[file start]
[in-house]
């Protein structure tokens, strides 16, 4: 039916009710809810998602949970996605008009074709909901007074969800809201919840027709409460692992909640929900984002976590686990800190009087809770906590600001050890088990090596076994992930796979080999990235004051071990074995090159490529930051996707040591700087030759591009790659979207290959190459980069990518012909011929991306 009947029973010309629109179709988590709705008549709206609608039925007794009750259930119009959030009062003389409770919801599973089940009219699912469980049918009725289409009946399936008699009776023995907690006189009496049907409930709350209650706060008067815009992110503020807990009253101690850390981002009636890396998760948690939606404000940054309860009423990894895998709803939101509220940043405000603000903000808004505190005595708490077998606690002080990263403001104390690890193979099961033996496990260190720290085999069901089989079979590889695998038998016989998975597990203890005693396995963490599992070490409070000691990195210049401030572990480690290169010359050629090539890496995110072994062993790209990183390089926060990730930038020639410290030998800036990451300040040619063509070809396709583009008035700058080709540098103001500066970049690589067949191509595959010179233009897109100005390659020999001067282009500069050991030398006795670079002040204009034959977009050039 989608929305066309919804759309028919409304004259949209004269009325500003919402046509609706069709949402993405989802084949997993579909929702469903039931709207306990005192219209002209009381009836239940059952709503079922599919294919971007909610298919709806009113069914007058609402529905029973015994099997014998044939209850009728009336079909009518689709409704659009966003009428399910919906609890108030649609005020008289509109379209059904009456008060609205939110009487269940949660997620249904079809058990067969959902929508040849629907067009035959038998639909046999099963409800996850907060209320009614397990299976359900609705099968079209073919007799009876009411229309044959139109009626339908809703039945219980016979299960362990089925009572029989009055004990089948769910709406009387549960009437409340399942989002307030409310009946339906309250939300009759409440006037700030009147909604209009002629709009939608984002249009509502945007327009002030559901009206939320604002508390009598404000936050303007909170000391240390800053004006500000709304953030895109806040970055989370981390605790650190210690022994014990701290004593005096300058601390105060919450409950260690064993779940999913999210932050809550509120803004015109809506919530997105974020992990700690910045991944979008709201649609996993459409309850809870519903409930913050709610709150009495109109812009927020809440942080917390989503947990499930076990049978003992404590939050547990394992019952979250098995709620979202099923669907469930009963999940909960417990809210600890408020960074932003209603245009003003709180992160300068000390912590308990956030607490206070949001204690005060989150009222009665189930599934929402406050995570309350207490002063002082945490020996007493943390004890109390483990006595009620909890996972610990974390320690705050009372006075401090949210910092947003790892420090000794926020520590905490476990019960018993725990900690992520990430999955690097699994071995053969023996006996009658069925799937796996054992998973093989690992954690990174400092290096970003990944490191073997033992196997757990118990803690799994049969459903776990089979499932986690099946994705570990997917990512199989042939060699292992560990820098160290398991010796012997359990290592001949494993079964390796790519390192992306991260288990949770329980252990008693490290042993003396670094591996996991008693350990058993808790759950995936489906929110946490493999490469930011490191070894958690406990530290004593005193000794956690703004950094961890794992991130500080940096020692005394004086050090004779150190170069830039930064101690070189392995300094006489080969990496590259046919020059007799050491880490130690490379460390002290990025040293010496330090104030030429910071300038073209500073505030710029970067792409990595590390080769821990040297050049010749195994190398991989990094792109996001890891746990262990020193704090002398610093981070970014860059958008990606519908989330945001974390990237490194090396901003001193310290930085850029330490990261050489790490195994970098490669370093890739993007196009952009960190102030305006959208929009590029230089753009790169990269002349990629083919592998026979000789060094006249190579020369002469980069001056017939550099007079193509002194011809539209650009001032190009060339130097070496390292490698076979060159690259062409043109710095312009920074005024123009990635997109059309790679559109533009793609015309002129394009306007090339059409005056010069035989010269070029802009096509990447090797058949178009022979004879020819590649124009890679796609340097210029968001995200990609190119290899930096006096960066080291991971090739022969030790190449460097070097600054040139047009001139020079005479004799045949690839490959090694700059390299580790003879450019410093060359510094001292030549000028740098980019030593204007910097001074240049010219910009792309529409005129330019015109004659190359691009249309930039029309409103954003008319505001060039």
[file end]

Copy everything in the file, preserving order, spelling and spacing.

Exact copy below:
[in-house]
């Protein structure tokens, strides 16, 4: 039916009710809810998602949970996605008009074709909901007074969800809201919840027709409460692992909640929900984002976590686990800190009087809770906590600001050890088990090596076994992930796979080999990235004051071990074995090159490529930051996707040591700087030759591009790659979207290959190459980069990518012909011929991306 009947029973010309629109179709988590709705008549709206609608039925007794009750259930119009959030009062003389409770919801599973089940009219699912469980049918009725289409009946399936008699009776023995907690006189009496049907409930709350209650706060008067815009992110503020807990009253101690850390981002009636890396998760948690939606404000940054309860009423990894895998709803939101509220940043405000603000903000808004505190005595708490077998606690002080990263403001104390690890193979099961033996496990260190720290085999069901089989079979590889695998038998016989998975597990203890005693396995963490599992070490409070000691990195210049401030572990480690290169010359050629090539890496995110072994062993790209990183390089926060990730930038020639410290030998800036990451300040040619063509070809396709583009008035700058080709540098103001500066970049690589067949191509595959010179233009897109100005390659020999001067282009500069050991030398006795670079002040204009034959977009050039 989608929305066309919804759309028919409304004259949209004269009325500003919402046509609706069709949402993405989802084949997993579909929702469903039931709207306990005192219209002209009381009836239940059952709503079922599919294919971007909610298919709806009113069914007058609402529905029973015994099997014998044939209850009728009336079909009518689709409704659009966003009428399910919906609890108030649609005020008289509109379209059904009456008060609205939110009487269940949660997620249904079809058990067969959902929508040849629907067009035959038998639909046999099963409800996850907060209320009614397990299976359900609705099968079209073919007799009876009411229309044959139109009626339908809703039945219980016979299960362990089925009572029989009055004990089948769910709406009387549960009437409340399942989002307030409310009946339906309250939300009759409440006037700030009147909604209009002629709009939608984002249009509502945007327009002030559901009206939320604002508390009598404000936050303007909170000391240390800053004006500000709304953030895109806040970055989370981390605790650190210690022994014990701290004593005096300058601390105060919450409950260690064993779940999913999210932050809550509120803004015109809506919530997105974020992990700690910045991944979008709201649609996993459409309850809870519903409930913050709610709150009495109109812009927020809440942080917390989503947990499930076990049978003992404590939050547990394992019952979250098995709620979202099923669907469930009963999940909960417990809210600890408020960074932003209603245009003003709180992160300068000390912590308990956030607490206070949001204690005060989150009222009665189930599934929402406050995570309350207490002063002082945490020996007493943390004890109390483990006595009620909890996972610990974390320690705050009372006075401090949210910092947003790892420090000794926020520590905490476990019960018993725990900690992520990430999955690097699994071995053969023996006996009658069925799937796996054992998973093989690992954690990174400092290096970003990944490191073997033992196997757990118990803690799994049969459903776990089979499932986690099946994705570990997917990512199989042939060699292992560990820098160290398991010796012997359990290592001949494993079964390796790519390192992306991260288990949770329980252990008693490290042993003396670094591996996991008693350990058993808790759950995936489906929110946490493999490469930011490191070894958690406990530290004593005193000794956690703004950094961890794992991130500080940096020692005394004086050090004779150190170069830039930064101690070189392995300094006489080969990496590259046919020059007799050491880490130690490379460390002290990025040293010496330090104030030429910071300038073209500073505030710029970067792409990595590390080769821990040297050049010749195994190398991989990094792109996001890891746990262990020193704090002398610093981070970014860059958008990606519908989330945001974390990237490194090396901003001193310290930085850029330490990261050489790490195994970098490669370093890739993007196009952009960190102030305006959208929009590029230089753009790169990269002349990629083919592998026979000789060094006249190579020369002469980069001056017939550099007079193509002194011809539209650009001032190009060339130097070496390292490698076979060159690259062409043109710095312009920074005024123009990635997109059309790679559109533009793609015309002129394009306007090339059409005056010069035989010269070029802009096509990447090797058949178009022979004879020819590649124009890679796609340097210029968001995200990609190119290899930096006096960066080291991971090739022969030790190449460097070097600054040139047009001139020079005479004799045949690839490959090694700059390299580790003879450019410093060359510094001292030549000028740098980019030593204007910097001074240049010219910009792309529409005129330019015109004659190359691009249309930039029309409103954003008319505001060039």